Rheumatoid arthritis, like all autoimmune diseases, is chronic, incurable, degenerative and painful. For twenty years after my initial diagnosis, I got off extremely lightly. Flares aside - they were nasty and debilitating - it was mild, and manageable. When the wheels fell off in 2013, it all happened very fast. Before I knew what had hit me, I was in hospital barely able to walk, hot on the heels of having pretty much lost July of that year to Methotrexate and the brain fog that was more like a complete brain wipe out, because I really don't have memories of that month at all. There were so many doctors, so many tests, so many drugs, and then more drugs, and reactions and allergies, then different drugs, constant testing and monitoring. It's a really BUSY thing, having a chronic illness. Meantime, there were other pressures - stuff with Dragon Dad's business, family stuff, our interstate move, the inevitable isolation that happens at the beginning of establishing yourself in a new place, new doctors, etc, etc... BUSY. Then things started to settle. Routines got established. I acquired friends on the ground that I could meet up with and hang with. Dragon Dad put the business on hold and got a job in real estate - something he's always wanted to do - and started being gone a lot.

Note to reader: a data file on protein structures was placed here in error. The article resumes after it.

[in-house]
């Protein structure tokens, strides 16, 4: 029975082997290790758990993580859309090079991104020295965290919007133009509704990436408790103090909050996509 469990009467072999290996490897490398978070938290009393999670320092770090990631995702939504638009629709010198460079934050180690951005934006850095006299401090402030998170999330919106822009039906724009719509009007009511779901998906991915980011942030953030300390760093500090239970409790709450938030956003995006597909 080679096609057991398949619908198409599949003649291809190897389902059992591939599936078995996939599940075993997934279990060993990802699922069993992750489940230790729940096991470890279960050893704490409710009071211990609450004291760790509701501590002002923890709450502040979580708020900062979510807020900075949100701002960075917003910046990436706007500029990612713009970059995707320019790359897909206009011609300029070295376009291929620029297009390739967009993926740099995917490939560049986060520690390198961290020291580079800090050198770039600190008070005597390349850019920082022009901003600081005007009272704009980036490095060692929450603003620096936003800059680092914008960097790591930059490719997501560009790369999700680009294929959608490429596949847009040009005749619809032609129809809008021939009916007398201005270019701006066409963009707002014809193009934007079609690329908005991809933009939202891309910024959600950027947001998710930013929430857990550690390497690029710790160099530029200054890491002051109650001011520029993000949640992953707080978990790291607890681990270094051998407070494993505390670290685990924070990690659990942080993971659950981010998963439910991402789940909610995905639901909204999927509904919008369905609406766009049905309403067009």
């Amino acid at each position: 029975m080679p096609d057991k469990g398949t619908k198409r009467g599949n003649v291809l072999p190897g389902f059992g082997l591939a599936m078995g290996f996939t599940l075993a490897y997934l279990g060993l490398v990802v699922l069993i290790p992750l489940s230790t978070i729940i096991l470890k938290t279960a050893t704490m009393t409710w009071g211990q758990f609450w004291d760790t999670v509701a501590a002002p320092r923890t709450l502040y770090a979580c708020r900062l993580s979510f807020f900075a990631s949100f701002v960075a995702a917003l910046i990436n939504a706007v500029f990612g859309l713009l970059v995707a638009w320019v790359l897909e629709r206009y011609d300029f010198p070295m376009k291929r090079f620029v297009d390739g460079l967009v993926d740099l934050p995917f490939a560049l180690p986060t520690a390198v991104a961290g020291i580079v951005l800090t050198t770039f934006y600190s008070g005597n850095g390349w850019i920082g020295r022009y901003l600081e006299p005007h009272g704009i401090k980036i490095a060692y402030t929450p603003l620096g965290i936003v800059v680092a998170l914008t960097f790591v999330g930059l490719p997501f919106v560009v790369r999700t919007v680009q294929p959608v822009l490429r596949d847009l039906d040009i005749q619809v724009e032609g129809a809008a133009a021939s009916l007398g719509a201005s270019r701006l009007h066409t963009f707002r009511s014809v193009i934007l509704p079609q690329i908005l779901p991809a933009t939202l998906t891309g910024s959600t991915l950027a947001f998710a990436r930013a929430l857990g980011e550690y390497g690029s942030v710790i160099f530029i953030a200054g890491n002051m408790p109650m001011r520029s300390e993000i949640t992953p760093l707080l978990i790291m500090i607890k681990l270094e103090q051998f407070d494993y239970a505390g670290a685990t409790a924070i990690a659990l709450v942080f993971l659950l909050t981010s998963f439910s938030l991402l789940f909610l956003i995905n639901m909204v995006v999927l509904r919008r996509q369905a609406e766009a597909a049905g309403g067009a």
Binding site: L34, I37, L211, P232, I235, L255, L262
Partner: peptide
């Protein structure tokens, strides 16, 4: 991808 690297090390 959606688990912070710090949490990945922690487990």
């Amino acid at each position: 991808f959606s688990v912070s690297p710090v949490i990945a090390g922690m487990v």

And I was a bit of a mess, to be brutally honest. Even he doesn't know how bad its been - that would be an added pressure he just doesn't need. The Photo a Day challenge became, quite often, the thing that got me out of bed. Sitting on FB chatting to people in the group via comment threads on photos became my main socialisation. That, the cafe down the road, and meetups with a few people I see regularly. Until I realised I had to come to grips with it all or I was going to get myself stuck in that safe little rut - and that's not a healthy option. 

The crux of it, in simple terms, is that I'm NEVER GOING TO GET BETTER. Looking at those words is awful. Living it is worse. How I am right now is, possibly, the best I'll ever be looking ahead in time. I don't know. I'm looking at a change in biologics by the end of the year, if not sooner. I've just rejigged my pain management drugs and am getting acquainted with my first opioid as the base medication, in the form of a patch on my arm. A new bio may work better and change everything. It may not. What it won't do - what it can't do - is make it go away. Nothing can do that until the scientists who are doing the research figure out a way to cure the disease.